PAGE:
Danes resemble in their everyday social behavior the citizens of other Nordic countries a lot. It is true what one Danish woman told me on the bus: Danes do not like to be approached by strangers but can be very talkative and social if they are interested in someone and they have the chance to make the first move. You really experience this everywhere: in the coffee shop, at the design store, in the museum, on the street. Although as far as I heard there is one exception from this: the dating scene.
I guess getting Danish friends goes a bit the same way as in Finland: it is not so easy to get to know locals "just so" but if you are at a student organization or some volunteering project and have some common activities with people with time there is a chance that you become friends because of the time spent together.
An American guy sitting next to me at a cafe mentioned to his Danish friend that "Danes are the funny ones while Swedes are the well-organized ones". Which is a funny stereotype but it might be true.
Another nice thing I experienced here: it happened to me already two times that when I got lost and tried to look up the place I was going to on the map people came to me and asked if I needed help and they even looked up the place on Google maps when they could locate it on the map.
When I was going to the skating event one woman started to talk to me in the bus stop after we both stepped away from in front of the somewhat shaky bus stop sign. We started to talk and she sat next to me on the bus and told me about the part of Copenhagen where we were heading to. She told also that they were moving away from Norebro with his husband because they were expecting a baby with his husband and the place they lived at was too much of a "party district". We even shook hands when we said goodbye which is considered more as a friendly gesture in Nordic countries not as a simple polite one as in the rest of the world.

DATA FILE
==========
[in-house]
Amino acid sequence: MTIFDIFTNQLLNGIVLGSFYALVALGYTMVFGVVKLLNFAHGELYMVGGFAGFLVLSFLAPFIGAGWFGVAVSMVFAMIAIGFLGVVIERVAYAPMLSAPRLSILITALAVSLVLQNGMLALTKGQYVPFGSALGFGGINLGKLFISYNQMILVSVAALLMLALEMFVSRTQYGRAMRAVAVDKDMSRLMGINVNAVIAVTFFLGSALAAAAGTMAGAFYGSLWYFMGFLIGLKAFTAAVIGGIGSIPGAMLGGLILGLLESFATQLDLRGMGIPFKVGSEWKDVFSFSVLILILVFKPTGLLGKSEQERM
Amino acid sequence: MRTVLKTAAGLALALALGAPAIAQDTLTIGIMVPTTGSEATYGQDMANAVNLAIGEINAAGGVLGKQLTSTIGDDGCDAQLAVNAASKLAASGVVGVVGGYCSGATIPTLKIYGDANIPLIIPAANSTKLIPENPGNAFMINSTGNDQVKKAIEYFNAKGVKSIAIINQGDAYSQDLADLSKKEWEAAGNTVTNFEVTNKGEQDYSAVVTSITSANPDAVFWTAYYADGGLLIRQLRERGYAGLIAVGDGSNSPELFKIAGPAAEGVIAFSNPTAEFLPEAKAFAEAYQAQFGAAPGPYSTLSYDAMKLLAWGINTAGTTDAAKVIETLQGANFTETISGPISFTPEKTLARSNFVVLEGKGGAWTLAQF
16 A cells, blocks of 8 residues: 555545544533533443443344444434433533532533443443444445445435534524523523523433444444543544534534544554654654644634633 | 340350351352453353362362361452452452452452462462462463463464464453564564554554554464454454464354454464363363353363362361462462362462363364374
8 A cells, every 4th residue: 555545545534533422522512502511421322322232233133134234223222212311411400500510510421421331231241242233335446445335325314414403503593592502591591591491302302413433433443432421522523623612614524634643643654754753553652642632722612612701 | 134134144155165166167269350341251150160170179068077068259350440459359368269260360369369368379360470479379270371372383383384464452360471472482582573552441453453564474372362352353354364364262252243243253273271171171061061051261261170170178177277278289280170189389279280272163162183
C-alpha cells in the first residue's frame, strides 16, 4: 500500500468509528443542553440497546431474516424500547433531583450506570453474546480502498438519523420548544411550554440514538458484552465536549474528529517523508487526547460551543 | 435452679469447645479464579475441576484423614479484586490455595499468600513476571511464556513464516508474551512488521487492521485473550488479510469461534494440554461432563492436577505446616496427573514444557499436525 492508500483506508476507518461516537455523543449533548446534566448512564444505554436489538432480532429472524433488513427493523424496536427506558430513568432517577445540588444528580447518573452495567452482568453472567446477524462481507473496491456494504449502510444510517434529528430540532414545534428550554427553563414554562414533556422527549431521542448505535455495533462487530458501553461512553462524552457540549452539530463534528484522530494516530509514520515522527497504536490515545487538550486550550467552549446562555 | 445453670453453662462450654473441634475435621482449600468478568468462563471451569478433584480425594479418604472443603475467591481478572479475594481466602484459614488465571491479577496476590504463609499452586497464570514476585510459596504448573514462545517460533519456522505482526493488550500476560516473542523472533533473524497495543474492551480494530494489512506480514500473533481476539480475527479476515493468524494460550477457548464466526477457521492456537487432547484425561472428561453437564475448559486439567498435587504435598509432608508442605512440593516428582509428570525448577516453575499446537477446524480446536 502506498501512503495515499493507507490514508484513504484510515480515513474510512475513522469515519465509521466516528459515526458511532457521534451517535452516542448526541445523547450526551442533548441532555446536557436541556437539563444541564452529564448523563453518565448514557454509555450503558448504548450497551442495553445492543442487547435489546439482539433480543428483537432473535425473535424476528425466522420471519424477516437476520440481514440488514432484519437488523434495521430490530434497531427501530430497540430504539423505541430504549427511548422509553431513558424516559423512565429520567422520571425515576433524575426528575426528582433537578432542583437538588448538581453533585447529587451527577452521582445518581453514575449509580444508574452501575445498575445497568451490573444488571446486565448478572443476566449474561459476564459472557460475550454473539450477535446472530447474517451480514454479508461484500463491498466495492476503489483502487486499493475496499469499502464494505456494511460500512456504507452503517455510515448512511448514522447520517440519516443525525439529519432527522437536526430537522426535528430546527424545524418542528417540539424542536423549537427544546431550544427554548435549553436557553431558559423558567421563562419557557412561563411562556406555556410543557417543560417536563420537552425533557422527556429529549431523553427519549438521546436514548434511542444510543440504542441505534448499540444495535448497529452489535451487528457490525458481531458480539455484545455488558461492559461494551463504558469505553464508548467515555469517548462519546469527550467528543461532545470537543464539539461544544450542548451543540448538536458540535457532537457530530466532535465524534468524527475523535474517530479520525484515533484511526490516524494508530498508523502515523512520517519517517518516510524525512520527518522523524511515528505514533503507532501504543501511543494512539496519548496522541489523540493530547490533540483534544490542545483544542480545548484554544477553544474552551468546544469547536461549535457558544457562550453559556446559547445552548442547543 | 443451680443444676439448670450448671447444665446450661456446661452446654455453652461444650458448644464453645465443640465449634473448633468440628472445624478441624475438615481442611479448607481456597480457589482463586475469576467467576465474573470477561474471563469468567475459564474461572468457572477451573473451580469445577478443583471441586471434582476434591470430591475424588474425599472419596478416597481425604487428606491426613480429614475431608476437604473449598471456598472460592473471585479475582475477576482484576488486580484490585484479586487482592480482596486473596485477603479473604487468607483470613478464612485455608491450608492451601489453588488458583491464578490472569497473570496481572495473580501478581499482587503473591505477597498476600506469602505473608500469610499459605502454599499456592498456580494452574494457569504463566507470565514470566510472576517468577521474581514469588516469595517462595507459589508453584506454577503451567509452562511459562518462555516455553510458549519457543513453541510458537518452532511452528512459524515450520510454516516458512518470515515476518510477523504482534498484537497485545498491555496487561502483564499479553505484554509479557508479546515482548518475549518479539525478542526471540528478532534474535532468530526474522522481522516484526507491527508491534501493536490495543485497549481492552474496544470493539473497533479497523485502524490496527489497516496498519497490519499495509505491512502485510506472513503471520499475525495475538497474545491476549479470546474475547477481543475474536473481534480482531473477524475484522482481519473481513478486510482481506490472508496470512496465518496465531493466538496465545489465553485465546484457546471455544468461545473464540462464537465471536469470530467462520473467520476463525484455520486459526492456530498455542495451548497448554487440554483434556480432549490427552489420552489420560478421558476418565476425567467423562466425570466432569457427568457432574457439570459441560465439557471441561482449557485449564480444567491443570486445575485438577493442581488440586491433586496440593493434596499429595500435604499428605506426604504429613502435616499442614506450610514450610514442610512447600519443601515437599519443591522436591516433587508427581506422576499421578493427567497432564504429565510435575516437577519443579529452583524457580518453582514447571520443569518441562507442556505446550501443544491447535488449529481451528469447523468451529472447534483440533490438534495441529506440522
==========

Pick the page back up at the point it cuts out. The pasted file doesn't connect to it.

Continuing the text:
As I said I did not get to know too many Danish people yet in depth and probably will not either during my stay now but based on the short contacts I had with Danish people I can say that it is really true what this woman from the bus said: when Danish people feel like starting a conversation they are funny, easy-going and talkative. When we went to a concert a girl heard us talking about the we are not sure where to get off and told us when the stop came. She also showed the music she was listening to to my friend to describe the music style of the band whose concert we were all going to (sharing earplugs with strangers in Nordic countries is not a very common thing). Then when she saw us after the concert she recognized us and said hello again.
Of course being friendly is not the only emotion what you can expect from Danish people. They can also shout very angrily if you block the traffic on the cycling road by accident or if you fail to apply a traffic rule for bikers correctly. I think cycling and cycling the correct way is something very important for the people living here.
Well..these are just superficial impressions which do not tell much about certain individuals here. These might help though to understand the rules of everyday interaction in Denmark a bit better. But it is always worth to dig a bit deeper when trying to get to know certain individuals or the local culture in general.
PS.: Cycling here is sometimes a very interesting experience. The break is on the other side as usual, it takes a really high level of concentration to understand how to continue to your desired direction when the lane continues straight and you can also turn right/left. People are biking quite fast and this is the only place where I felt the irritation towards tourists here. If I would have listened a bit more I could have learned also some Danish on the way which reminded me a bit of Germany. Not to speak about the wind: if you have a basket on the bike you should really watch out that half of your stuff is not flying away while you are riding the bike and highly concentrating.